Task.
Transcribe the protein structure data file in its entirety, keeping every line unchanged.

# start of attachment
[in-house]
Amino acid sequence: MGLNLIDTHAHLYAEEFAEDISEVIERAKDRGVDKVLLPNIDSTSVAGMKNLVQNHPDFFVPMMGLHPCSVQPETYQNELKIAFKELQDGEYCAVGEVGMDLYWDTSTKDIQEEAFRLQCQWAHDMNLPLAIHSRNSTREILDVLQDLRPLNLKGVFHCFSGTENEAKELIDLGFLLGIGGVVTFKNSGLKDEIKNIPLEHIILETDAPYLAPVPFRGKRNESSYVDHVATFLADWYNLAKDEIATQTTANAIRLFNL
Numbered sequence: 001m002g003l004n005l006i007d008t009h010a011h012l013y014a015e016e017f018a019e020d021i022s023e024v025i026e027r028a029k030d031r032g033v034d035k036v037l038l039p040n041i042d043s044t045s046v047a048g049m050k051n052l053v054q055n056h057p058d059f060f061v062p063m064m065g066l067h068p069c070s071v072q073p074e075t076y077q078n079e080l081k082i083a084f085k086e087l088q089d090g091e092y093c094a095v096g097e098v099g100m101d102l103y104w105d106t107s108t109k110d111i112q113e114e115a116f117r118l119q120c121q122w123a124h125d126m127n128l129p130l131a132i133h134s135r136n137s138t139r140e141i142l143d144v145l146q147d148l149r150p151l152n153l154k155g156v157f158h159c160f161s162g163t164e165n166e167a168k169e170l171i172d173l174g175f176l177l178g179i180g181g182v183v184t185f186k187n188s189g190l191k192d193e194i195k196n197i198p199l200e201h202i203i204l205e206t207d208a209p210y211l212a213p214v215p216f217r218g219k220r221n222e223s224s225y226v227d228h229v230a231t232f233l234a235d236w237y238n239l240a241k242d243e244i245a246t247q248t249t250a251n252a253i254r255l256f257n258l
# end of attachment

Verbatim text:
[in-house]
Amino acid sequence: MGLNLIDTHAHLYAEEFAEDISEVIERAKDRGVDKVLLPNIDSTSVAGMKNLVQNHPDFFVPMMGLHPCSVQPETYQNELKIAFKELQDGEYCAVGEVGMDLYWDTSTKDIQEEAFRLQCQWAHDMNLPLAIHSRNSTREILDVLQDLRPLNLKGVFHCFSGTENEAKELIDLGFLLGIGGVVTFKNSGLKDEIKNIPLEHIILETDAPYLAPVPFRGKRNESSYVDHVATFLADWYNLAKDEIATQTTANAIRLFNL
Numbered sequence: 001m002g003l004n005l006i007d008t009h010a011h012l013y014a015e016e017f018a019e020d021i022s023e024v025i026e027r028a029k030d031r032g033v034d035k036v037l038l039p040n041i042d043s044t045s046v047a048g049m050k051n052l053v054q055n056h057p058d059f060f061v062p063m064m065g066l067h068p069c070s071v072q073p074e075t076y077q078n079e080l081k082i083a084f085k086e087l088q089d090g091e092y093c094a095v096g097e098v099g100m101d102l103y104w105d106t107s108t109k110d111i112q113e114e115a116f117r118l119q120c121q122w123a124h125d126m127n128l129p130l131a132i133h134s135r136n137s138t139r140e141i142l143d144v145l146q147d148l149r150p151l152n153l154k155g156v157f158h159c160f161s162g163t164e165n166e167a168k169e170l171i172d173l174g175f176l177l178g179i180g181g182v183v184t185f186k187n188s189g190l191k192d193e194i195k196n197i198p199l200e201h202i203i204l205e206t207d208a209p210y211l212a213p214v215p216f217r218g219k220r221n222e223s224s225y226v227d228h229v230a231t232f233l234a235d236w237y238n239l240a241k242d243e244i245a246t247q248t249t250a251n252a253i254r255l256f257n258l